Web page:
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Thursday, June 11, 2015

Kmart & Sears: Can We Find an Answer?

          It has been a question asked by analysis's and investors for over a decade, and that is when is Sears and Kmart ever going to hang up the towel. There was an article posted by CNN Money this week on the state of Sears Holdings, and what the future holds. The article mainly states multiple outdated facts that have been published and stated for several years already, the same plummeting sales numbers, and continuing to come up with idea's for a better future for the company, that again, continue not to work.

          There are two commercials on YouTube from when Kmart Holdings and Sears, Roebuck & Co. were both listed individually on the stock market, The Sears commercial is from 1989, and shows a series of stores located in California, and shows the lights going off, and saying, that every Sears in America will be closed. The Kmart commercial featuring the late comedian and actor Bob Hope, sometime during the 90's, when Kmart Holdings began to remodel and change hundreds of stores to the new "Big Kmart" name.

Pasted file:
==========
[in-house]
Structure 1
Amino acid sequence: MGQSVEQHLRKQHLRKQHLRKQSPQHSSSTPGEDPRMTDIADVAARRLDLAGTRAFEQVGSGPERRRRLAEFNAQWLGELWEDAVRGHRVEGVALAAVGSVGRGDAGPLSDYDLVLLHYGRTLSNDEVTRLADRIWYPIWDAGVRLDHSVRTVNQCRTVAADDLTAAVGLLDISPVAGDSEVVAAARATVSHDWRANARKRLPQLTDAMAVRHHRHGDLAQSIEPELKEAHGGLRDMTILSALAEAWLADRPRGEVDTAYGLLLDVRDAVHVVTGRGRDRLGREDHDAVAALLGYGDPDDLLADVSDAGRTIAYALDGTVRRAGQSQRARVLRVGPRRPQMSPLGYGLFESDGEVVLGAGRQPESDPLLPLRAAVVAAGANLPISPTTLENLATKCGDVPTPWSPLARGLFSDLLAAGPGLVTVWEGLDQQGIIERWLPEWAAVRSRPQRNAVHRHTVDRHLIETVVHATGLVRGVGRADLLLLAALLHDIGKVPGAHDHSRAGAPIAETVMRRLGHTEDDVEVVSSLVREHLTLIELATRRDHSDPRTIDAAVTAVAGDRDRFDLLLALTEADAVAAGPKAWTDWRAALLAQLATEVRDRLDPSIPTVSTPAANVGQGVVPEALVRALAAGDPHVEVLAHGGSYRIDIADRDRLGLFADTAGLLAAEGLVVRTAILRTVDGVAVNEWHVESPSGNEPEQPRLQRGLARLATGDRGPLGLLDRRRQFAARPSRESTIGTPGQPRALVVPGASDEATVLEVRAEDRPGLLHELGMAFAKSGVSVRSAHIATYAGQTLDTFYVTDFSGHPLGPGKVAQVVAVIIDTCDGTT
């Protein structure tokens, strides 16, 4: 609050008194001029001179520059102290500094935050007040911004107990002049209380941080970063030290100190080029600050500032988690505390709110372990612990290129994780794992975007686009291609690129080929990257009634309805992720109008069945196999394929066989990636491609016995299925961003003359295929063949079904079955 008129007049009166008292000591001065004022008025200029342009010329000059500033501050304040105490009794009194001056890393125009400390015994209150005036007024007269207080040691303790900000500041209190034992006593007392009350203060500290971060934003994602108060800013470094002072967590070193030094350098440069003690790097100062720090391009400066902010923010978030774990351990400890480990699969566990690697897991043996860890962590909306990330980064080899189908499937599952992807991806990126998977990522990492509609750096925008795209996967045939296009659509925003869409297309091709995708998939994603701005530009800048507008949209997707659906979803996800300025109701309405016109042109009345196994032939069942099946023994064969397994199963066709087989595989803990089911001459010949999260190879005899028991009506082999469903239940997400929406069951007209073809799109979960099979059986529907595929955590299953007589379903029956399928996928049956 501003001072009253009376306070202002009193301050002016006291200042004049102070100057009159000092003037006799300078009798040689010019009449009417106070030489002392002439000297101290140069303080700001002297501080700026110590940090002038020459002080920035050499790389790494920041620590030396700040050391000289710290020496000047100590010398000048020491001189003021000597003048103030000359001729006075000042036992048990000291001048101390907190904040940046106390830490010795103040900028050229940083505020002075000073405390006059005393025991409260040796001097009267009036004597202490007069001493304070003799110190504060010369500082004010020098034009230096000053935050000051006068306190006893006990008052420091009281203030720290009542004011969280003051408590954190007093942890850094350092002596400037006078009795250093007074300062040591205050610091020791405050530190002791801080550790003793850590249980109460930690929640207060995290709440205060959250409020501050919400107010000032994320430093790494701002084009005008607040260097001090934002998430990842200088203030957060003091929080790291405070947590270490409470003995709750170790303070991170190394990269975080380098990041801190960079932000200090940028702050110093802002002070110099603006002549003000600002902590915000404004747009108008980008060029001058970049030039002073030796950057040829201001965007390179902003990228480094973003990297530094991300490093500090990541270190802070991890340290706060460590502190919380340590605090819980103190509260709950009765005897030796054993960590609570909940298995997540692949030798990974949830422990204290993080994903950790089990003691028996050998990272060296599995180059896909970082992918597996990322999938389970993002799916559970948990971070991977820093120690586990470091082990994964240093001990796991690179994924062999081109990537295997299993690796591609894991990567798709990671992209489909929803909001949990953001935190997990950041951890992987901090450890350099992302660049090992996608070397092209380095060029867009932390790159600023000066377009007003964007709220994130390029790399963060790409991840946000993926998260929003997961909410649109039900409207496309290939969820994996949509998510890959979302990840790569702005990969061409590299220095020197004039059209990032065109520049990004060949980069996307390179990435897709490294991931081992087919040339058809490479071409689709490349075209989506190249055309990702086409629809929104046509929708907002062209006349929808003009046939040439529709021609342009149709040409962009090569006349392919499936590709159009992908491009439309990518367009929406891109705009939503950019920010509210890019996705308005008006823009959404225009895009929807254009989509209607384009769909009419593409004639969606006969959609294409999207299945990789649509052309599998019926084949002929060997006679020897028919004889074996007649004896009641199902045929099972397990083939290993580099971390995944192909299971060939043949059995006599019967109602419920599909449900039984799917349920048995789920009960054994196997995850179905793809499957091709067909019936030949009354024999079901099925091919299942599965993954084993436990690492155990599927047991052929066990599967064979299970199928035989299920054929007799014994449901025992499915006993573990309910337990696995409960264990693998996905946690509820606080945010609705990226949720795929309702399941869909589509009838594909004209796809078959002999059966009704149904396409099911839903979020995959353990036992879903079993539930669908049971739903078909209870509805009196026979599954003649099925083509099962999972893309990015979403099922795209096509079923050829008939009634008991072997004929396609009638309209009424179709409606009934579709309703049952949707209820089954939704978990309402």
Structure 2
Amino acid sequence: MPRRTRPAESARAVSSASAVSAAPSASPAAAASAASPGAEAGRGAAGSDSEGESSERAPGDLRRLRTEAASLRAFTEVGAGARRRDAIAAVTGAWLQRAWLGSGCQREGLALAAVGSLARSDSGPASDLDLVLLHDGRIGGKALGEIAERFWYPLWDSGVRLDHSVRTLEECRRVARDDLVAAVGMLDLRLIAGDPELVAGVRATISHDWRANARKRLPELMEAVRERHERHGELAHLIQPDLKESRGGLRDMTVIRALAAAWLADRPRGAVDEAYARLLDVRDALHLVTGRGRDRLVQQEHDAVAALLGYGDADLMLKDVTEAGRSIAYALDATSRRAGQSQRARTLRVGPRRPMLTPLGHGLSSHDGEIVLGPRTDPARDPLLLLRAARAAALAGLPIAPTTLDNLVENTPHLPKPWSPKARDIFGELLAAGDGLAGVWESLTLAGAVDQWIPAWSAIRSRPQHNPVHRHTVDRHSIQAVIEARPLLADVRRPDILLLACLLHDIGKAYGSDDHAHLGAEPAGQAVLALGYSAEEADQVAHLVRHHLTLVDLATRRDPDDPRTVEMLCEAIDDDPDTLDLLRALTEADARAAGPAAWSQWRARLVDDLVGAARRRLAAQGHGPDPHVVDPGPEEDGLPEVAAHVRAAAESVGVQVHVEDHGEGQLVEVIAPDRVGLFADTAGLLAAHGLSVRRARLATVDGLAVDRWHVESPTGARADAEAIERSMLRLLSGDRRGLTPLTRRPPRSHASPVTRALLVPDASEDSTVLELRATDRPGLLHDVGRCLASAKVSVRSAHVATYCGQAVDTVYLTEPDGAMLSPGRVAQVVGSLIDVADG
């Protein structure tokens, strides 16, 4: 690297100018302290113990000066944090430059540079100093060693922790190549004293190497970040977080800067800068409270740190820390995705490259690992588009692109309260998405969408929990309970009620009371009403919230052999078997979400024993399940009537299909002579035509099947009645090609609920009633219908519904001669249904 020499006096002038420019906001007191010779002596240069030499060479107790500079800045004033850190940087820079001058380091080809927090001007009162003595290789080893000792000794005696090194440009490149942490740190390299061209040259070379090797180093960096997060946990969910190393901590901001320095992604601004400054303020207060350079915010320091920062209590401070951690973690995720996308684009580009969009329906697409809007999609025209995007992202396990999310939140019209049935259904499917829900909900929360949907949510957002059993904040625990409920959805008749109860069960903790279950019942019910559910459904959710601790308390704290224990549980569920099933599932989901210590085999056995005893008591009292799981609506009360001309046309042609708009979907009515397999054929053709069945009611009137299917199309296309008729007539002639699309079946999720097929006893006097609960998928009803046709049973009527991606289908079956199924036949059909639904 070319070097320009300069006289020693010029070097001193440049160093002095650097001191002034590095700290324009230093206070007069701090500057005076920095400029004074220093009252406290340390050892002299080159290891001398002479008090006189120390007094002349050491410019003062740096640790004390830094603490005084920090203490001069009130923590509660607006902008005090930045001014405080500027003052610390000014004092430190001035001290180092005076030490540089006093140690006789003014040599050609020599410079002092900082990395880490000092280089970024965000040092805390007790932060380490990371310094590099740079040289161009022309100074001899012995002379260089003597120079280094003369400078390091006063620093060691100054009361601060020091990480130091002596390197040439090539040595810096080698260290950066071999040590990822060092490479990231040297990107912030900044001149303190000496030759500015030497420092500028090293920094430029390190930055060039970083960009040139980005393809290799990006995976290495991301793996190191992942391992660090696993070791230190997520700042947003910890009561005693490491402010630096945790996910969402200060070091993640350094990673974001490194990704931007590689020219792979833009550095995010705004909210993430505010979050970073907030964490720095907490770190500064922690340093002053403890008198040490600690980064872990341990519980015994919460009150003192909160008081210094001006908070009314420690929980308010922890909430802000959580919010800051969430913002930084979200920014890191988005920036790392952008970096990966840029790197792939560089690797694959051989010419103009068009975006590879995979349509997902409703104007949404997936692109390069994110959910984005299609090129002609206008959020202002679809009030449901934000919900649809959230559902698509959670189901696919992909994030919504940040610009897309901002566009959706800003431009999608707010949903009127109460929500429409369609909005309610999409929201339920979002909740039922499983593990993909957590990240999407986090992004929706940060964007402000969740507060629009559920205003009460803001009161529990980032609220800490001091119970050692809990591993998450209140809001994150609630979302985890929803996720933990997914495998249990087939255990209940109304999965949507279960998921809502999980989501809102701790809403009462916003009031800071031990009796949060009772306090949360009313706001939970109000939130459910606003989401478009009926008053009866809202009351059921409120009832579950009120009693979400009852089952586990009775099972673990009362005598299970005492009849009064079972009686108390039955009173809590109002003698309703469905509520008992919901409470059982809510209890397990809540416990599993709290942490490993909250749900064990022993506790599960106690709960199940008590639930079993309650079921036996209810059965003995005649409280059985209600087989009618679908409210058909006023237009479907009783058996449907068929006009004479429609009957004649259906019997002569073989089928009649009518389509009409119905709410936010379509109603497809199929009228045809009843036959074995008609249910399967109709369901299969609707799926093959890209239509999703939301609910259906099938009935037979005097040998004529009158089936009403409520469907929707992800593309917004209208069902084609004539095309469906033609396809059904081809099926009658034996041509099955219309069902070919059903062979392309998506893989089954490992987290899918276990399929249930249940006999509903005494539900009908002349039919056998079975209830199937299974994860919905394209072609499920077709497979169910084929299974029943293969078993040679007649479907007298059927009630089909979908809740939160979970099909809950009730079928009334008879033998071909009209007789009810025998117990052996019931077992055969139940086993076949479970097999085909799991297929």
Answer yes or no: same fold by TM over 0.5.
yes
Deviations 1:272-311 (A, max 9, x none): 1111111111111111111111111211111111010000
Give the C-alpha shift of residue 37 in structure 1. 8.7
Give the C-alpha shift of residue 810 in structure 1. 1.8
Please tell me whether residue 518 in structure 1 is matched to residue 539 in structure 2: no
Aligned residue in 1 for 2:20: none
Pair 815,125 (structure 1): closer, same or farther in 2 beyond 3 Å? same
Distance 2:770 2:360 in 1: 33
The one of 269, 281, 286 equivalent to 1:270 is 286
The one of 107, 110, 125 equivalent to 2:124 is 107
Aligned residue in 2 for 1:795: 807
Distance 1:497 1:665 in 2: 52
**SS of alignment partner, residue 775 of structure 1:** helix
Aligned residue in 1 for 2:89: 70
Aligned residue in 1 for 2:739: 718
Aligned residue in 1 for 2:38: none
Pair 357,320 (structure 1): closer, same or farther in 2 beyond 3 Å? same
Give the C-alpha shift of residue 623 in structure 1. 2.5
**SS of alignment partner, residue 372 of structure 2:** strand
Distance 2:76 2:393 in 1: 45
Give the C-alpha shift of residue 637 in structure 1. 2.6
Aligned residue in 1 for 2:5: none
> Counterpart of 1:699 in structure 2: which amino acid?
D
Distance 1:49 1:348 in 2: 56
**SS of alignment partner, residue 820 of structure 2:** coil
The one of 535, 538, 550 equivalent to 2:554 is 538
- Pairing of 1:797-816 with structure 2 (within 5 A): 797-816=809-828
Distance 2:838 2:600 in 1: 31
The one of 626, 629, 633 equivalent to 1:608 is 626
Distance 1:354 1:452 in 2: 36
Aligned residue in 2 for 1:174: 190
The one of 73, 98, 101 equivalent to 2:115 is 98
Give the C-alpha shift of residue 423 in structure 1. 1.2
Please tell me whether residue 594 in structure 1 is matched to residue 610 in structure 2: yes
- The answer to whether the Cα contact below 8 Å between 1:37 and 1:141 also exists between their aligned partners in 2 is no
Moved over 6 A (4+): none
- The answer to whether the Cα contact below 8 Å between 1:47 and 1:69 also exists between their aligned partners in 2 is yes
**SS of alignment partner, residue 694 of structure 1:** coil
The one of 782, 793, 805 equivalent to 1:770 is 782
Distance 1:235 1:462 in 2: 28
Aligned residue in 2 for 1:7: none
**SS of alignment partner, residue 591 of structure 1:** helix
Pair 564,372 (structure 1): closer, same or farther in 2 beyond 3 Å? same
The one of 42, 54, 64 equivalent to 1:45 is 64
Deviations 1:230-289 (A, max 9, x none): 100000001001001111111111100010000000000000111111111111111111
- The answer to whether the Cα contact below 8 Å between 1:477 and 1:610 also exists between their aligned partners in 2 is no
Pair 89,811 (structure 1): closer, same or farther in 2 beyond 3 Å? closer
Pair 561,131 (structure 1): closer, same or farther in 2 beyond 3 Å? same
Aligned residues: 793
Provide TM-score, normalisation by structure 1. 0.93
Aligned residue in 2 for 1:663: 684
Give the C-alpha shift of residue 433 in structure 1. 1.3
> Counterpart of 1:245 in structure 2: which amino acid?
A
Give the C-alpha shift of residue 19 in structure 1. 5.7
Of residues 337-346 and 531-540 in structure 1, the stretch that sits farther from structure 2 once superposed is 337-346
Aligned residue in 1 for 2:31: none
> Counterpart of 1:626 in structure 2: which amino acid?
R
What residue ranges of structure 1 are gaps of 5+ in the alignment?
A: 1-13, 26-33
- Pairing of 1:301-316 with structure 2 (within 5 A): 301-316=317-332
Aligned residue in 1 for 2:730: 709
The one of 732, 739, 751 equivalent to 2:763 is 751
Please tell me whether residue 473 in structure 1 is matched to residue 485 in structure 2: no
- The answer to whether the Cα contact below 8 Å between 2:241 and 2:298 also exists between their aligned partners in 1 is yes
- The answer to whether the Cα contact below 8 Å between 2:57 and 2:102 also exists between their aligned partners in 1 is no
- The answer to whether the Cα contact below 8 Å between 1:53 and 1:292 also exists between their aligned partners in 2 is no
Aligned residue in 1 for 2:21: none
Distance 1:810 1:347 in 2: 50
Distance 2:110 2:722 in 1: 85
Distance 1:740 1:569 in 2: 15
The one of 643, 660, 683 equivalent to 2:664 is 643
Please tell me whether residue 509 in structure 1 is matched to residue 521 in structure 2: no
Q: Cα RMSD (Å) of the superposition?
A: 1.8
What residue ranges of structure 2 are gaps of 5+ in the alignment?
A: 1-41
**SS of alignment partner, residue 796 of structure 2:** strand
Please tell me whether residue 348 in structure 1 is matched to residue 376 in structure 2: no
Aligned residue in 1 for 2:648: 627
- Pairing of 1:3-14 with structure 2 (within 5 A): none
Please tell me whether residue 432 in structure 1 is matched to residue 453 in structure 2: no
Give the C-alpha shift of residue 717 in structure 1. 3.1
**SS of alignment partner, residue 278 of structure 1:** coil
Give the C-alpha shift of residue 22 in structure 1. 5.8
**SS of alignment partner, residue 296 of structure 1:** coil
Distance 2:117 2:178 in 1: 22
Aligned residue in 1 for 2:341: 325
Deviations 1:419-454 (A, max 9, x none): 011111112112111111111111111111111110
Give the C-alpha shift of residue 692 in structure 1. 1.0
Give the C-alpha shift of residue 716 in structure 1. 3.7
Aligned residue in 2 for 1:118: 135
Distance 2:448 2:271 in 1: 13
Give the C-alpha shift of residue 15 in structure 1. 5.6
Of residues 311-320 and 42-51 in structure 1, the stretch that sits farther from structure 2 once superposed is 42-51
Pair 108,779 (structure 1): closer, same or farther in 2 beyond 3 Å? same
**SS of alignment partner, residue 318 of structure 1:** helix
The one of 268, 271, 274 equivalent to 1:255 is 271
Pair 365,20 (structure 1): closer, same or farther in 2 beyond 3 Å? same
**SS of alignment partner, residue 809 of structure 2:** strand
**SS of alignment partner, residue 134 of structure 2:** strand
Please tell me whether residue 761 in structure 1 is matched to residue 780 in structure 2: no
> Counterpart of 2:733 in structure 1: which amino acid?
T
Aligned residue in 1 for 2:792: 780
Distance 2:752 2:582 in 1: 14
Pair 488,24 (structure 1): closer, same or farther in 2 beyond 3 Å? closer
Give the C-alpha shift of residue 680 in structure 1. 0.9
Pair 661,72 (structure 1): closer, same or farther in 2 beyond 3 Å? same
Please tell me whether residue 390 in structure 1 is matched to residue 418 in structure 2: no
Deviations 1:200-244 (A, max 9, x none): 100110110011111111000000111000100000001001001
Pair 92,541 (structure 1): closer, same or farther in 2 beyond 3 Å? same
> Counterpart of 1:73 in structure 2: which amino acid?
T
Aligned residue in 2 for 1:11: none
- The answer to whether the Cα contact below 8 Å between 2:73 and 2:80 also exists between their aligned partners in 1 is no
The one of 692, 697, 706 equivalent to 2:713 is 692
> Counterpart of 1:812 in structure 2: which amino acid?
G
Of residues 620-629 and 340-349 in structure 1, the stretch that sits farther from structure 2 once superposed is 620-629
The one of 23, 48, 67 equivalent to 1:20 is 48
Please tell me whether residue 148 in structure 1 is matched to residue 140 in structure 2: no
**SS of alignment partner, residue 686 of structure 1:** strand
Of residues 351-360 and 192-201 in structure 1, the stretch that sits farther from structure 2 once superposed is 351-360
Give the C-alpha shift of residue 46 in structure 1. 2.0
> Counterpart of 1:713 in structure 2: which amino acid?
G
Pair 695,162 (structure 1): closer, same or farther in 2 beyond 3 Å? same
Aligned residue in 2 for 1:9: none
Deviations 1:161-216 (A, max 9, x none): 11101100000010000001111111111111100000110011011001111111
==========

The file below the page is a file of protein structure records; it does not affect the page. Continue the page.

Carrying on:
To get away from constantly complaining about Sears and Kmart, other brands out there, like Meijer, Wal-mart, and even Target throughout the years, have remodeled there stores and changed there image, and slogan's, but what separates them from Sears Holdings Corporation (SHC) is they have changed all there stores within a certain period of time, not leaving many stores looking outdated, and others newer. When Wal-mart changed there stores image back in 2008 and 2009, all the stores seemed to be under renovation to convert from blue store fronts with the "star" in the logo, to the new yellow "asterisk" and all the stores various shades of tan and beige.

          The problem with these Kmart and Sears stores even before 2003, when Edward Lampert bought the bankrupt Kmart Holdings chain, and a year later, after original intention for Kmart to buy Sears, in November 2004, Sears and Kmart merged, and formed Sears Holdings Corporation.